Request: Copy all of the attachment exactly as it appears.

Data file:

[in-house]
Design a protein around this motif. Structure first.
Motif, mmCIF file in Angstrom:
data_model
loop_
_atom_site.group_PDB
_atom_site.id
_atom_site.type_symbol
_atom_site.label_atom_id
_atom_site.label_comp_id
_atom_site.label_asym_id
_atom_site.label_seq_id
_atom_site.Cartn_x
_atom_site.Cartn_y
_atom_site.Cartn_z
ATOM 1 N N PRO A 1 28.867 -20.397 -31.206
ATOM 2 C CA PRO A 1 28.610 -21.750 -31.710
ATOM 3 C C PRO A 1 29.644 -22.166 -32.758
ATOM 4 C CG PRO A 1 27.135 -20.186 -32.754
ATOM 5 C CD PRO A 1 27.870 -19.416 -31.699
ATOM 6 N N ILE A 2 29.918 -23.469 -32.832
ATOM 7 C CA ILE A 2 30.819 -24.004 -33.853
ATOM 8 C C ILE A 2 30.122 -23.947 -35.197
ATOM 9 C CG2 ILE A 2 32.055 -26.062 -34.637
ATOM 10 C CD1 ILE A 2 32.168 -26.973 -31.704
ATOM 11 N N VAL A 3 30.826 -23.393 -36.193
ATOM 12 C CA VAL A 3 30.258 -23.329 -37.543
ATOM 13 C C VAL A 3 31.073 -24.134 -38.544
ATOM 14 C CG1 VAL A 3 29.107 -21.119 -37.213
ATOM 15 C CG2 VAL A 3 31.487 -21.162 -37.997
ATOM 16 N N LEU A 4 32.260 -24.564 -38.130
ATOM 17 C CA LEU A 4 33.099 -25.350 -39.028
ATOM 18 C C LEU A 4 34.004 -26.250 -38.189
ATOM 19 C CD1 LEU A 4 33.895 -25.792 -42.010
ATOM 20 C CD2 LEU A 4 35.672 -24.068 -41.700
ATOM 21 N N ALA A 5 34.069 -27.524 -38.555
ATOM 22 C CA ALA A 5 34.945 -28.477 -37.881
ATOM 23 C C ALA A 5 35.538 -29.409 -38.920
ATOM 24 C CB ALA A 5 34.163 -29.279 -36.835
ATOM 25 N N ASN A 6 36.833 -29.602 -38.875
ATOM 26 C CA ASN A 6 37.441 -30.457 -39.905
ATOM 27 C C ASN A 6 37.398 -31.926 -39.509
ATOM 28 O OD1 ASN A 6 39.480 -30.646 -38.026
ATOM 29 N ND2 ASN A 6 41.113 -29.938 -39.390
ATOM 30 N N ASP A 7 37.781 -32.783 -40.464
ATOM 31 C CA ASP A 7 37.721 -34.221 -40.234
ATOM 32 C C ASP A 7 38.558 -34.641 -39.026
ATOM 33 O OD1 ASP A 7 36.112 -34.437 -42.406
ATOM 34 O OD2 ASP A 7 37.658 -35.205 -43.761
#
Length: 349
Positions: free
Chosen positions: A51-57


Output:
[in-house]
Design a protein around this motif. Structure first.
Motif, mmCIF file in Angstrom:
data_model
loop_
_atom_site.group_PDB
_atom_site.id
_atom_site.type_symbol
_atom_site.label_atom_id
_atom_site.label_comp_id
_atom_site.label_asym_id
_atom_site.label_seq_id
_atom_site.Cartn_x
_atom_site.Cartn_y
_atom_site.Cartn_z
ATOM 1 N N PRO A 1 28.867 -20.397 -31.206
ATOM 2 C CA PRO A 1 28.610 -21.750 -31.710
ATOM 3 C C PRO A 1 29.644 -22.166 -32.758
ATOM 4 C CG PRO A 1 27.135 -20.186 -32.754
ATOM 5 C CD PRO A 1 27.870 -19.416 -31.699
ATOM 6 N N ILE A 2 29.918 -23.469 -32.832
ATOM 7 C CA ILE A 2 30.819 -24.004 -33.853
ATOM 8 C C ILE A 2 30.122 -23.947 -35.197
ATOM 9 C CG2 ILE A 2 32.055 -26.062 -34.637
ATOM 10 C CD1 ILE A 2 32.168 -26.973 -31.704
ATOM 11 N N VAL A 3 30.826 -23.393 -36.193
ATOM 12 C CA VAL A 3 30.258 -23.329 -37.543
ATOM 13 C C VAL A 3 31.073 -24.134 -38.544
ATOM 14 C CG1 VAL A 3 29.107 -21.119 -37.213
ATOM 15 C CG2 VAL A 3 31.487 -21.162 -37.997
ATOM 16 N N LEU A 4 32.260 -24.564 -38.130
ATOM 17 C CA LEU A 4 33.099 -25.350 -39.028
ATOM 18 C C LEU A 4 34.004 -26.250 -38.189
ATOM 19 C CD1 LEU A 4 33.895 -25.792 -42.010
ATOM 20 C CD2 LEU A 4 35.672 -24.068 -41.700
ATOM 21 N N ALA A 5 34.069 -27.524 -38.555
ATOM 22 C CA ALA A 5 34.945 -28.477 -37.881
ATOM 23 C C ALA A 5 35.538 -29.409 -38.920
ATOM 24 C CB ALA A 5 34.163 -29.279 -36.835
ATOM 25 N N ASN A 6 36.833 -29.602 -38.875
ATOM 26 C CA ASN A 6 37.441 -30.457 -39.905
ATOM 27 C C ASN A 6 37.398 -31.926 -39.509
ATOM 28 O OD1 ASN A 6 39.480 -30.646 -38.026
ATOM 29 N ND2 ASN A 6 41.113 -29.938 -39.390
ATOM 30 N N ASP A 7 37.781 -32.783 -40.464
ATOM 31 C CA ASP A 7 37.721 -34.221 -40.234
ATOM 32 C C ASP A 7 38.558 -34.641 -39.026
ATOM 33 O OD1 ASP A 7 36.112 -34.437 -42.406
ATOM 34 O OD2 ASP A 7 37.658 -35.205 -43.761
#
Length: 349
Positions: free
Chosen positions: A51-57